|Publication number||US3943388 A|
|Application number||US 05/483,549|
|Publication date||Mar 9, 1976|
|Filing date||Jun 27, 1974|
|Priority date||Jun 27, 1974|
|Publication number||05483549, 483549, US 3943388 A, US 3943388A, US-A-3943388, US3943388 A, US3943388A|
|Original Assignee||Fred M. Dellorfano, Jr., Donald P. Massa|
|Export Citation||BiBTeX, EndNote, RefMan|
|Patent Citations (7), Referenced by (22), Classifications (9), Legal Events (1)|
|External Links: USPTO, USPTO Assignment, Espacenet|
This invention relates to electroacoustic transducers, and more particularly to electroacoustic transducers of the vibratile diaphragm type which employ a peripherally clamped diaphragm driven in a flexural resonant mode of vibration; such as, for example, are illustrated in the structures shown in FIG. 2 of U.S. Pat. No. 3,128,532 and FIG. 1 of U.S. Pat. No. 3,638,052. The vibratile diaphragm in this type of transducer may be operated at either its fundamental resonant frequency mode or at an overtone resonant mode, such as is exemplified, for example, in FIGS. 7 and 8 of U.S. Pat. No. 3,638,052. Although this invention is not limited to the high frequency region, it is of particular economic value when used at the higher audible frequencies or in the ultrasonic frequency region.
When manufacturing large quantities of this type of transducer, it is difficult to precisely control all of the manufacturing tolerances of the structural elements which affect the resonant frequency of the vibrating system. As a result, increased production costs are incurred when it is desired to achieve a high degree of uniformity among the frequency-response characteristics of the transducers. One method for controlling the uniformity of the frequency-response characteristics among mass-produced transducers of the vibratile diaphragm type is described in U.S. Pat. No. 3,128,532, col. 5, lines 5- 13, and consists in setting the mechanical tolerances of the components such that the transducer assembly resonates at a frequency higher than the desired frequency of operation and then sufficient material is removed from the surface of the diaphragm after assembly until the resonant frequency is lowered to the precise desired value.
In the case of transducers utilizing thin diaphragms which are generally less than 1 mm thick, two time-consuming limitations are introduced by the described frequency adjustment procedure. When the diaphragm is very thin and material from the surface of the diaphragm is to be removed, the rate of removal of the material must be carefully controlled to prevent excessive heating of the thin diaphragm which might damage the piezoelectric element which is bonded to the opposite surface of the diaphragm as illustrated in FIG. 2 of U.S. Pat. No. 3,128,532. The necessity for carefully controlling the machining operation over the surface of the diaphragm results in increased production costs. A second limitation is introducd during the machining of the diaphragm surface when adjusting the resonant frequency for prior art thin diaphragm structures because the resonant frequency of a thin diaphragm changes rapidly with small changes in diaphragm thickness and therefore it becomes more difficult to control the critical machining operation which is required during the final removal of the exact tiny amount of material from the diaphragm surface during the precise adjustment of the resonant frequency. This limitation also necessitates added time for the manufacturing operation which, in turn, results in additional increased production cost. The present invention overcomes these limitations by providing a novel diaphragm construction which makes the resonant frequency of the transducer less critically dependent on the amount of material removed from the diaphragm surface.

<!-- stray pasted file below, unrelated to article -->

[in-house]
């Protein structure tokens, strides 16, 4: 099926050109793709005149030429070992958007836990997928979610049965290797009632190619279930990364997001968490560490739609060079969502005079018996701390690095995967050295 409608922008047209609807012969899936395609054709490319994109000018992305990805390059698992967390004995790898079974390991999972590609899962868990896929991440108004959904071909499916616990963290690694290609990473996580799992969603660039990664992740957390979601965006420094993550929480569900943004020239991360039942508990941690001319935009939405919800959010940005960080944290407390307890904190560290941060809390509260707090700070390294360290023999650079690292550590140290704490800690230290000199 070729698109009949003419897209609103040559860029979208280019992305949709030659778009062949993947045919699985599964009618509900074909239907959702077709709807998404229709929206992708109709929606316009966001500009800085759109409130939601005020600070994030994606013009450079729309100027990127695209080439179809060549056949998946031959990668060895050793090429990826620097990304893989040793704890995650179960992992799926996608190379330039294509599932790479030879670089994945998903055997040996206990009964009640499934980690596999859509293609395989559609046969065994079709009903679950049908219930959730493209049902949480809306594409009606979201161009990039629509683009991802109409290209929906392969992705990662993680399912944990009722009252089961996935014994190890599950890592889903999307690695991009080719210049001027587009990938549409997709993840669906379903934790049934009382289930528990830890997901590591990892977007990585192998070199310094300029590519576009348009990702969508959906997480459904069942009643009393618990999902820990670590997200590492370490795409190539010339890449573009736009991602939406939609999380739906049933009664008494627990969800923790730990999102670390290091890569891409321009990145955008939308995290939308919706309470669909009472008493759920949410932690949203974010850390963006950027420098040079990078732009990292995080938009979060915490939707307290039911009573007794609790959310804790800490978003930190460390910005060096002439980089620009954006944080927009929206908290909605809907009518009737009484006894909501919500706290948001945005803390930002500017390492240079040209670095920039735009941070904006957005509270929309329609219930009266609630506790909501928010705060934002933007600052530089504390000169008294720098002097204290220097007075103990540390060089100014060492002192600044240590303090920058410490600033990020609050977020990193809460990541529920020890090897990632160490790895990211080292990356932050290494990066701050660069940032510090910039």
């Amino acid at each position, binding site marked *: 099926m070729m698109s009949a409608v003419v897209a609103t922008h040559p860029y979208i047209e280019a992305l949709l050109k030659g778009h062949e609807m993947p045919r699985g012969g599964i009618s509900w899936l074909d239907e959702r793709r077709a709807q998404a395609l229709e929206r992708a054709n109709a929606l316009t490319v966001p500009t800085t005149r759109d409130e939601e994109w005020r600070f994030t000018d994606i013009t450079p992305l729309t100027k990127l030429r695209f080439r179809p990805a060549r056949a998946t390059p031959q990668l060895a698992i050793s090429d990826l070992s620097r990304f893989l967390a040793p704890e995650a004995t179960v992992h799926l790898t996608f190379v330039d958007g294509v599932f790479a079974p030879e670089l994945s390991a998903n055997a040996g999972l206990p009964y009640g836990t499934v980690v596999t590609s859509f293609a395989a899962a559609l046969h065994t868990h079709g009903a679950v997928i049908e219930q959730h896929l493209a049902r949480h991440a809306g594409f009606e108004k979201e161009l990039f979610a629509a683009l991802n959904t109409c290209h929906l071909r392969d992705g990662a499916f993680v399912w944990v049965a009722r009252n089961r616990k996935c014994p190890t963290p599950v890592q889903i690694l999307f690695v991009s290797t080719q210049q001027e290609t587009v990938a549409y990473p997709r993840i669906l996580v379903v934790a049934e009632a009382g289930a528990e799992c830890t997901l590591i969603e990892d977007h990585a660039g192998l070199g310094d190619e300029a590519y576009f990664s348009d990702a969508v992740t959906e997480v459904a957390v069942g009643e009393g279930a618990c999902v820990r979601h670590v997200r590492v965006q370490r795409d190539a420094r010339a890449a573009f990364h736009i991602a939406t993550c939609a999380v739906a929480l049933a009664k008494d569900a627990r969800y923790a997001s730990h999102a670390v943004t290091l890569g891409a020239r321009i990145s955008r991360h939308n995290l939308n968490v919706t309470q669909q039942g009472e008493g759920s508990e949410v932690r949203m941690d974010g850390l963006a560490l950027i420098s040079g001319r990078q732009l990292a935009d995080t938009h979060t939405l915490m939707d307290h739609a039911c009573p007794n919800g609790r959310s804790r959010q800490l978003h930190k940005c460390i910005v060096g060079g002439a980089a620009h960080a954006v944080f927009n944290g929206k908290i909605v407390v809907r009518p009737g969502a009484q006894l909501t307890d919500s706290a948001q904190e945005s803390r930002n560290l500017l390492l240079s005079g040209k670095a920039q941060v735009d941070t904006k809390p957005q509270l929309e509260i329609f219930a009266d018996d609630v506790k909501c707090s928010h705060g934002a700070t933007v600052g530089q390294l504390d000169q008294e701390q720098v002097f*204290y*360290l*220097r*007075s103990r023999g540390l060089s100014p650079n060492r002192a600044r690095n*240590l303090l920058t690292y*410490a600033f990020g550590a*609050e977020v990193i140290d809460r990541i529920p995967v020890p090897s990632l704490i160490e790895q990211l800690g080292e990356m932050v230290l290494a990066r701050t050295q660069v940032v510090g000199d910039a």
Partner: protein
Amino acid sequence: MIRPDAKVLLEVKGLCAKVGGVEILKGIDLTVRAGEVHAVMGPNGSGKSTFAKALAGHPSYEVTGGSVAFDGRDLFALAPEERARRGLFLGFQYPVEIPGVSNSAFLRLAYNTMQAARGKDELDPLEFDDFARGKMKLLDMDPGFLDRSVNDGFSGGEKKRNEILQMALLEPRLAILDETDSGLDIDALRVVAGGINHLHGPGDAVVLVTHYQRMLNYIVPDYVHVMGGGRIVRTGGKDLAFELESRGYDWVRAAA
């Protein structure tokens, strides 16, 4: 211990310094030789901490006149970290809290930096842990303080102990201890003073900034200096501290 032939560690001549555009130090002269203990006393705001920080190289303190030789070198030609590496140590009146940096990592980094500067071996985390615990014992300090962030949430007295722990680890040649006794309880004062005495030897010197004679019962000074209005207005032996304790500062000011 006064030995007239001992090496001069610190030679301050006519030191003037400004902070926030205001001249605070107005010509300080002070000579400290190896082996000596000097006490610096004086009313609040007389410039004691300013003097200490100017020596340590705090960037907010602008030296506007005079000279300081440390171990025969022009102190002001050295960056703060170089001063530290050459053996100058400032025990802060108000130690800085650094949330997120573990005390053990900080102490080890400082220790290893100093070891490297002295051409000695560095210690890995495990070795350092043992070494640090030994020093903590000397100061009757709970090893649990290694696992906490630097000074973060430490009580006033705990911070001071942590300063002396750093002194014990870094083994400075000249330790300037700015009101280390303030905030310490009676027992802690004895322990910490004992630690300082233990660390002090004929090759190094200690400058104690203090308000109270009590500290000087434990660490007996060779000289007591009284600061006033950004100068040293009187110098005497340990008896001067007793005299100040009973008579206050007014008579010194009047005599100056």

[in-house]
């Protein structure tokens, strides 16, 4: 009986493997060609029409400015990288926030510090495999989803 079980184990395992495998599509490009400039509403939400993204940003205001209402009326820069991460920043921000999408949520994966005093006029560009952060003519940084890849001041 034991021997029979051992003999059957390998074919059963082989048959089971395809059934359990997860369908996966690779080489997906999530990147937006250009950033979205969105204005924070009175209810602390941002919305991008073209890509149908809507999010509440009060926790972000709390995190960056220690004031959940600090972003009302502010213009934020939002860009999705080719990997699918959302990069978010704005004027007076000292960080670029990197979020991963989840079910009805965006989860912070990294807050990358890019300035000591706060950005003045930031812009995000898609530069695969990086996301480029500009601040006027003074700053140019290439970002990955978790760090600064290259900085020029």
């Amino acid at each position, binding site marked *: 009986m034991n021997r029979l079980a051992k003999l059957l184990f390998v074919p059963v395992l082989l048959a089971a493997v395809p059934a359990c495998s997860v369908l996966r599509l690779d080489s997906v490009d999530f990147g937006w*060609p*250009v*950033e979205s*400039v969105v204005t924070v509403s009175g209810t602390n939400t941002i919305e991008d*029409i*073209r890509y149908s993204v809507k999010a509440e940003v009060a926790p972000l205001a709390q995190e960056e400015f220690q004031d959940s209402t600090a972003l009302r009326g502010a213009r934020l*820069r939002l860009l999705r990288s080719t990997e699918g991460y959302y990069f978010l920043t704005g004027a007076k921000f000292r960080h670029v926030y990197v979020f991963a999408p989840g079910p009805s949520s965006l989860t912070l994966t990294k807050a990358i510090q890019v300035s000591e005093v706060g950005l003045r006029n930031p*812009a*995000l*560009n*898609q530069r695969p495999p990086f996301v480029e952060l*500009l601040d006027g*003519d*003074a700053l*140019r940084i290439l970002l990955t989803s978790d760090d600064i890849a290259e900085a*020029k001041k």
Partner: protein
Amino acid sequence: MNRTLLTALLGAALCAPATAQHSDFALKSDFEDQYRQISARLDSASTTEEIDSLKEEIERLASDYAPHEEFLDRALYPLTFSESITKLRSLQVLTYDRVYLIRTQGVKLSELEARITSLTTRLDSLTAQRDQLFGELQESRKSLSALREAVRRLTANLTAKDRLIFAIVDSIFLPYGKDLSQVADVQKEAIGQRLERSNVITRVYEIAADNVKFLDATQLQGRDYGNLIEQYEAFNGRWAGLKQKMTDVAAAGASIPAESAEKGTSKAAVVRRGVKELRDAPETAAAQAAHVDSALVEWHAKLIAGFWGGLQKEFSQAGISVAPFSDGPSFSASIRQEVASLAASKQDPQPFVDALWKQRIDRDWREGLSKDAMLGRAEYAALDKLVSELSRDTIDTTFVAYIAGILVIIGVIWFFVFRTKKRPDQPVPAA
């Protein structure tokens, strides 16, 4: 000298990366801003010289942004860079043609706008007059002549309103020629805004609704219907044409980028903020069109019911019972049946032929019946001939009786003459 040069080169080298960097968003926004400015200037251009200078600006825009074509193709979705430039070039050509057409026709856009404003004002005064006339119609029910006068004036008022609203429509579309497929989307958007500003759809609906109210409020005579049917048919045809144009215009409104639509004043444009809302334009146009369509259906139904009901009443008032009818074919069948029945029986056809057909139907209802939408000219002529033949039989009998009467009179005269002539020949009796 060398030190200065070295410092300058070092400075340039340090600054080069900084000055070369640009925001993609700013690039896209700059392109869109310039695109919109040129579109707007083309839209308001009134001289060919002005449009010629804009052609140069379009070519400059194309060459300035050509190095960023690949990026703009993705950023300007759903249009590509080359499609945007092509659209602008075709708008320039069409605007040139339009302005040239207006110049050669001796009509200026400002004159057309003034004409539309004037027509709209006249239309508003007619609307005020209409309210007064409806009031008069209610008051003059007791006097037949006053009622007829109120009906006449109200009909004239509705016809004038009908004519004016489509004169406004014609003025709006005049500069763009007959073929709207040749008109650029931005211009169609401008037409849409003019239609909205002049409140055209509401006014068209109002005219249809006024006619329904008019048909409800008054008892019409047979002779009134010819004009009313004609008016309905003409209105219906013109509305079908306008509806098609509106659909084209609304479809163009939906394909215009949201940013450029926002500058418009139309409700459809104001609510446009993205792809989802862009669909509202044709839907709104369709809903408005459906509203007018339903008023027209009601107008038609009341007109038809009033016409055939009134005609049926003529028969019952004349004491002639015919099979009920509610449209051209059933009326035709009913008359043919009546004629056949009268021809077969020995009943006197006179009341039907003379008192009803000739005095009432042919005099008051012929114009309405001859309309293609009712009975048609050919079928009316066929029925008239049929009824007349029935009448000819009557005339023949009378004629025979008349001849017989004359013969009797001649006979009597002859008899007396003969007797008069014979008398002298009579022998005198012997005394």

The primary object of this invention is to improve the design of an electroacoustic transducer employing a vibratile diaphragm whereby the resonant frequency of lrge quantities of manufactured transducers may be economically adjusted to a uniform value.
Another object of this invention is to provide an improved construction of an electroacoustic transducer employing a vibratile diaphragm whereby the operating efficiency is improved.
A still further object of this invention is to provide a simple low-cost structure for an electroacoustic transducer in which the vibratile diaphragm forms a closure for a cylindrical tubular housing and the sound radiating surface of the diaphragm is shaped generally concave to achieve an increased diaphragm thickness at its periphery relative to its central region for permitting the adjustment of the resonant frequency of the transducer in a simpler and more accurately controlled manner over prior art structures.
In keeping with one aspect of this invention, these and other objects are accomplished by providing a vibratile disc driven by a piezoelectric element.